The EPO considered determining whether a suspicious vehicle needs to be stopped to detect a toll offence is a legal requirement and thus non-technical. Here are the practical takeaways from the decision T 0595/16 (Kontrollbedüftiges Fahrzeug/TOLLCOLLECT) of 14.9.2020 of Technical Board of Appeal 3.5.05:
This European patent application underlying the present decision relates to a control method for road toll collection using a control system. Every vehicle on every road section that is monitored by the system is to be checked by collecting usable vehicle information. Based on these information, it is decided whether suspicious vehicles are stopped and checked manually by inspection staff (cf. WO 02/061690 A1, pages 1-3).
Fig. 5 of WO 02/061690 A1
Here is how the invention was defined in claim 1:
Claim 1 (main request) - translated from German into English by the author of this post
Control method for road toll collection with a stationary control system (10) with several collection devices for vehicle information and with a trigger device for the timely activation of the collection devices, wherein the individual collection devices are activated at times, to which the spatial arrangement of a vehicle and the detection device detecting the respective vehicle information is optimal, wherein the various vehicle information of the vehicle detected by the detection devices spatially and temporally separated by the detection devices are assigned by the stationary control system (10) to the vehicle and a reference time, and the stationary control system (10) retrieves data from a vehicle device of the vehicle,
wherein the stationary control system (10) receives from a control center (20) data on blacklist updates with the data of blocked vehicle devices or survey cards, whitelist entries with all valid entries for the section to be checked and time of check, tariff data, classification data, data key updates for an encrypted data transmission, and software updates,
characterized in that
based on the vehicle information acquired by means of the acquisition devices, the data received from the control center (20), the data retrieved from the vehicle device of the vehicle, and based on the following case groups:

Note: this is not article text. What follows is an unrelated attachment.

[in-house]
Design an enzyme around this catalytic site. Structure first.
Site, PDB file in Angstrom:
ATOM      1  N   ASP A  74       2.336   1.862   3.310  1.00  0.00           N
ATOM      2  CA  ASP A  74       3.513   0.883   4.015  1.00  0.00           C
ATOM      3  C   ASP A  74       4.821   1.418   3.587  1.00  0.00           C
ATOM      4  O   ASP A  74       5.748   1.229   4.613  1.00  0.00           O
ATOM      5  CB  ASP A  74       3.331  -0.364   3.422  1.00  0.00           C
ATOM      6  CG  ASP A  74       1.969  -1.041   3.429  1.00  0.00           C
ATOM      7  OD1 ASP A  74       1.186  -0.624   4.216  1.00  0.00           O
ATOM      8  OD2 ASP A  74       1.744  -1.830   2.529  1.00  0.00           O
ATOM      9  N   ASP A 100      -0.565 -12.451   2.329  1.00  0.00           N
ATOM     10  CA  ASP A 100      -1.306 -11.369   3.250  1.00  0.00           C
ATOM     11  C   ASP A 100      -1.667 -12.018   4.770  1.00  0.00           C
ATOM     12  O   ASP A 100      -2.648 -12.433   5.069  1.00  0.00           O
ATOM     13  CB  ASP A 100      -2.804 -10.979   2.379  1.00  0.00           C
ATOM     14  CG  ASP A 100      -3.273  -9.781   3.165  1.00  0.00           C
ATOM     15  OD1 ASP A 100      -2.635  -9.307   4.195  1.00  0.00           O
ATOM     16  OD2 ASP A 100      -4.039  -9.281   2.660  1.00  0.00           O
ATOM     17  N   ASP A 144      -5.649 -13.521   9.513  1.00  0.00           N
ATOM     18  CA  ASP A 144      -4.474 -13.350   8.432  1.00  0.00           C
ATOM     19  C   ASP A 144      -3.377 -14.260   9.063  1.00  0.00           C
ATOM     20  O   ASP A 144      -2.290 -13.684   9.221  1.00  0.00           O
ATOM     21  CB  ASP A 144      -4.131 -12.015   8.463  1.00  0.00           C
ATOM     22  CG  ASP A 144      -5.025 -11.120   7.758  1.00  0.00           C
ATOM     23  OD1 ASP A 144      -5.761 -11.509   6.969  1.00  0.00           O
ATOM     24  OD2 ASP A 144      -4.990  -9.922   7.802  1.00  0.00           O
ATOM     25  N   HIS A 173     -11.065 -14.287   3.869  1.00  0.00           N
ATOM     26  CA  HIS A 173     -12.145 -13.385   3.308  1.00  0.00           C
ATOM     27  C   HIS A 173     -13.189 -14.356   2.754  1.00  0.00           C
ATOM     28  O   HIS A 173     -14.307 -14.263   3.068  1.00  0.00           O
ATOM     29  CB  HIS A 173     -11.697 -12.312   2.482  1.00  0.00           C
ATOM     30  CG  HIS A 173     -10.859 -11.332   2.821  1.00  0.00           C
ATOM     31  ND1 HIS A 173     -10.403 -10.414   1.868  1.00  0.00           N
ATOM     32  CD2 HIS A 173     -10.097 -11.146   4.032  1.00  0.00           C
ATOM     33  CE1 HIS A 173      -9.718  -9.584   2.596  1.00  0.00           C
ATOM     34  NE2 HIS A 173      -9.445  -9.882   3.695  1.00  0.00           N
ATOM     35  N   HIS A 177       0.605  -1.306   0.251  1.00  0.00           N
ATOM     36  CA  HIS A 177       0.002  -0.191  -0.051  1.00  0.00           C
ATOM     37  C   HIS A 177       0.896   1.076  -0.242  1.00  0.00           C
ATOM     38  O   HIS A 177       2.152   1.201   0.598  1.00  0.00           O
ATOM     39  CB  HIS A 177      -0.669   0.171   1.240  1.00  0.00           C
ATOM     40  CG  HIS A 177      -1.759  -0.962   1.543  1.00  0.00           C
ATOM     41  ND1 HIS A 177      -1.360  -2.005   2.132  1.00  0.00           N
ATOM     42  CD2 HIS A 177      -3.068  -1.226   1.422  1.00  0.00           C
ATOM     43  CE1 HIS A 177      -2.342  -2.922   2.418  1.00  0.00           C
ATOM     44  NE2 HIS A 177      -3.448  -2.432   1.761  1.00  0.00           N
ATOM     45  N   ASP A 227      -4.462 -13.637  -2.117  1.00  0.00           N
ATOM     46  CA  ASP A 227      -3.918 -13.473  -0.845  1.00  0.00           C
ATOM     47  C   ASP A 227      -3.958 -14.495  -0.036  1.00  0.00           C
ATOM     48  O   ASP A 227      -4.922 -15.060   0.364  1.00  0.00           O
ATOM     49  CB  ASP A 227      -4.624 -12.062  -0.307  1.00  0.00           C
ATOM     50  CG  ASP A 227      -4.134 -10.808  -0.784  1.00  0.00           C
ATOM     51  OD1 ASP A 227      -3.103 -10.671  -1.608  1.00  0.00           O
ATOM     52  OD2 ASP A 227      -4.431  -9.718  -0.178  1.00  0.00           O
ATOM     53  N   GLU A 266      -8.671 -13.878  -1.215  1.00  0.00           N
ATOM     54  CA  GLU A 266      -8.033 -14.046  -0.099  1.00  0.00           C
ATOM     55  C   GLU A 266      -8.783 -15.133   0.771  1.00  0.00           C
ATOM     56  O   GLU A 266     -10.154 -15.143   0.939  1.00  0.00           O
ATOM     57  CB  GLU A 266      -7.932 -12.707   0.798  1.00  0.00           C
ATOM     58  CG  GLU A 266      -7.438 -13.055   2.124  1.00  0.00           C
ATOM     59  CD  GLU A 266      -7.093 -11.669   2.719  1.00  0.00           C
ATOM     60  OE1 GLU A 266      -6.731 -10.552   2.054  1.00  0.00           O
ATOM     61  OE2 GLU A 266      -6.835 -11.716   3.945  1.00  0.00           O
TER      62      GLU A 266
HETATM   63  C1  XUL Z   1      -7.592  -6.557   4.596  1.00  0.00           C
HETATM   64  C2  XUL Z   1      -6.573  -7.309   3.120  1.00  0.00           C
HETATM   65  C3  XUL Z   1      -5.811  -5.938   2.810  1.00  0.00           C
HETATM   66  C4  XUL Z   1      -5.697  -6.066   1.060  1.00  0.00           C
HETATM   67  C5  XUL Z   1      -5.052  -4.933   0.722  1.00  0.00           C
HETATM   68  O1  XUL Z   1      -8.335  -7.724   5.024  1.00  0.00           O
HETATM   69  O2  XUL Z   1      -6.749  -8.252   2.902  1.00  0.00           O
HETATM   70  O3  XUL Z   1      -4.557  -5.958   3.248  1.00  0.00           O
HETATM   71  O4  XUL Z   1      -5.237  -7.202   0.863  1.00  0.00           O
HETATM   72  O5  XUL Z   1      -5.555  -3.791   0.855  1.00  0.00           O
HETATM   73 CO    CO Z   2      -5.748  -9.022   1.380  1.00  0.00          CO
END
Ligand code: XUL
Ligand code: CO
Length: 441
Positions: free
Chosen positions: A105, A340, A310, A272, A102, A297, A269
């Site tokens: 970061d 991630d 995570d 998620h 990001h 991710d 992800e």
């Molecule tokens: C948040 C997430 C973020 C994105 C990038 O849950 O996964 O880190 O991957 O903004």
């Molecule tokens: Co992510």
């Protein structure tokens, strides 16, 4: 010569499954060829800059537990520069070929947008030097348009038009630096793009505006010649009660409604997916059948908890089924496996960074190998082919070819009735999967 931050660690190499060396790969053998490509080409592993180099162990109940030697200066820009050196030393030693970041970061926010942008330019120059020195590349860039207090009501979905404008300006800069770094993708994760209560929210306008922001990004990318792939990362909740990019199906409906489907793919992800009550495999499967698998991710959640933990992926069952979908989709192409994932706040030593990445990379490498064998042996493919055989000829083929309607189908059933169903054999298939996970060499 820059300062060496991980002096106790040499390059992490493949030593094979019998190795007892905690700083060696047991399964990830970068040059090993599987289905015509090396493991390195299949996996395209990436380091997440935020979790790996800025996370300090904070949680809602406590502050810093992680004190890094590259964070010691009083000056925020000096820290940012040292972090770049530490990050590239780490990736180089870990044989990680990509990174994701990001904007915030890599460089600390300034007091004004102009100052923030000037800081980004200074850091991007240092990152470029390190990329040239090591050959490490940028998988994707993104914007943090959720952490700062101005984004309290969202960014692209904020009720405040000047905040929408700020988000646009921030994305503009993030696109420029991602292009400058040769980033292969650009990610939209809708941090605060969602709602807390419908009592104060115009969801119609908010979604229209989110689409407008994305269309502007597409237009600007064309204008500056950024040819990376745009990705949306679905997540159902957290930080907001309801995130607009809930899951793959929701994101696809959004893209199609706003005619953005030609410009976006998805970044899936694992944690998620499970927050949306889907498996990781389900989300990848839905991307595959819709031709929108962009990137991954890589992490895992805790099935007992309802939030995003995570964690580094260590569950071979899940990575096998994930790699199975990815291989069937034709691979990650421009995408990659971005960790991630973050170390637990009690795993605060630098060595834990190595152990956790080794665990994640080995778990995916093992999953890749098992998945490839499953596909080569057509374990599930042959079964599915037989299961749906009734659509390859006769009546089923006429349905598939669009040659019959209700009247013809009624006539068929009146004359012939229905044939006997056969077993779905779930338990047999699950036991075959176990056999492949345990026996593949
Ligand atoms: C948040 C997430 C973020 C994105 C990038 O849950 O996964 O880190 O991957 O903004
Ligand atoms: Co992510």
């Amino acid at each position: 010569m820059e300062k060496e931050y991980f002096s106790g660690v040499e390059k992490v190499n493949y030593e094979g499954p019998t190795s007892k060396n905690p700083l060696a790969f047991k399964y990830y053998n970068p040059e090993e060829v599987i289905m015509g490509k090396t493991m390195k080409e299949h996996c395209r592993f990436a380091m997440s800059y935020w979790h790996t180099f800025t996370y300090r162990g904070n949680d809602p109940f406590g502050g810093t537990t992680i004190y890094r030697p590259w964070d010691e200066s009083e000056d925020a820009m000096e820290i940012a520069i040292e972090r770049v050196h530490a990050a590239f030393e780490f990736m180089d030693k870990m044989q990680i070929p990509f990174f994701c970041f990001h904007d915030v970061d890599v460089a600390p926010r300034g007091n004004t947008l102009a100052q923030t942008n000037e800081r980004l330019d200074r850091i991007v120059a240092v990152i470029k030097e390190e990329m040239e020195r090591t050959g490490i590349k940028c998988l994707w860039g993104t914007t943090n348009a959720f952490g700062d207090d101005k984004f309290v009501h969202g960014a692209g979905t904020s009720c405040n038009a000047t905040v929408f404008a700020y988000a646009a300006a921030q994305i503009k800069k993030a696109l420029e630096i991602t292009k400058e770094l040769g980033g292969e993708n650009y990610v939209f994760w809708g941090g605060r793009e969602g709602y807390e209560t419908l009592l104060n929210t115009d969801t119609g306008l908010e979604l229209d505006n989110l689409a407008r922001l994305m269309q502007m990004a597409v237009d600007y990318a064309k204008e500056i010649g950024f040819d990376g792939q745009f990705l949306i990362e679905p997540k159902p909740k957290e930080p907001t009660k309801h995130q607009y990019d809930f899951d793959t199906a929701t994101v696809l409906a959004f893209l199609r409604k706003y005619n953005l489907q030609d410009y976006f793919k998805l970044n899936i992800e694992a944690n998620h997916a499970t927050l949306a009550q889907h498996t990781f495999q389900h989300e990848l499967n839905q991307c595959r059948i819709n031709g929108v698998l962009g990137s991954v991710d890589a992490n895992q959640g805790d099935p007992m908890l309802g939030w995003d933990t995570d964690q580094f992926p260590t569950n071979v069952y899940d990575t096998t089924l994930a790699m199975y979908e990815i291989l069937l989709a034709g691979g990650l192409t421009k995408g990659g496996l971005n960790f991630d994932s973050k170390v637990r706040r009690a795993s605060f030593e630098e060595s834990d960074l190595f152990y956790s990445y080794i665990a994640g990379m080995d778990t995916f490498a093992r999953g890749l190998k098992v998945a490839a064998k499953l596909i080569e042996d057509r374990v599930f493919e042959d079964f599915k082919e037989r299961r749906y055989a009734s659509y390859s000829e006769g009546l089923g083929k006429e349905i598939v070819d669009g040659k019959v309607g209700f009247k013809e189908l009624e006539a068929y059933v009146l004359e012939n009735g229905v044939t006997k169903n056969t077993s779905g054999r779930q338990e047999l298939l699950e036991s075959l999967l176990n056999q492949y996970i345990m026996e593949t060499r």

– non-toll vehicle,
– recognized good payer,
– vehicle registration number not recognized,
– doubts about the toll obligation of the vehicle,
– doubts as to the fulfilment of the toll obligation,
– detected false payer,
– recognized non-payer,
– Wrong license plate,
– suspicion of manipulation of the vehicle device, and
– vehicle device or survey card blocked,
the stationary control system (10) automatically determines whether the vehicle is in need of control, whereby the need for control of the vehicle is defined by the presence of a pre-definable combination of case groups, and
– in the event of a determined need for control of the vehicle, vehicle information about the vehicle is transmitted to a control point (40), wherein the transmitted control data of the vehicle are displayed to a control person at the control point (40), wherein vehicles for which a need for control has been determined can be diverted from flowing traffic by the control person.
Is it patentable?
The first-instance examining division rejected the application due to lack of inventive step in light of prior art document D4. Independent claim 1 of the rejected application differs from the teaching of D4 in that control data of a vehicle subject to checks are not transmitted to a control center but to a control point. According to the application, a control point is a checkpoint where control staff performs manual inspections of vehicles. However, the first-instance examining division considered this distinguishing feature to be non-technical and argued that the necessity of stopping a suspicious vehicle to conduct a further manual control is considered a legal requirement, but not a technical one. Hence, the distinguishing feature was not considered for the assessment of inventive step (cf. point 1.4 of the appeal decision).
During appeal stage, the applicant further argued that assigning the vehicles to be checked into different case groups as specified by claim 1 would be technical (cf. point 1.5 of the appeal decision). In more detail, it would be technical to change the number of vehicles that need to be checked by assigning them to different groups which are then used to decide whether a vehicle is manually checked or not.
However, the board in charge did not follow these arguments and argued that assigning vehicles to different groups is a business-related method to control the number of vehicles to be checked, as for example outlined in the description in the sentence bridging pages 30 and 31. Hence, also the feature of claim 1 referring to the case groups is considered non-technical and thus not relevant for assessing inventive step.
As a result, the board in charge came to the conclusion that D4 renders-obvious the claimed subject-matter and dismissed the appeal.
You can read the whole decision here: T 0595/16 (Kontrollbedüftiges Fahrzeug/TOLLCOLLECT) of 14.9.2020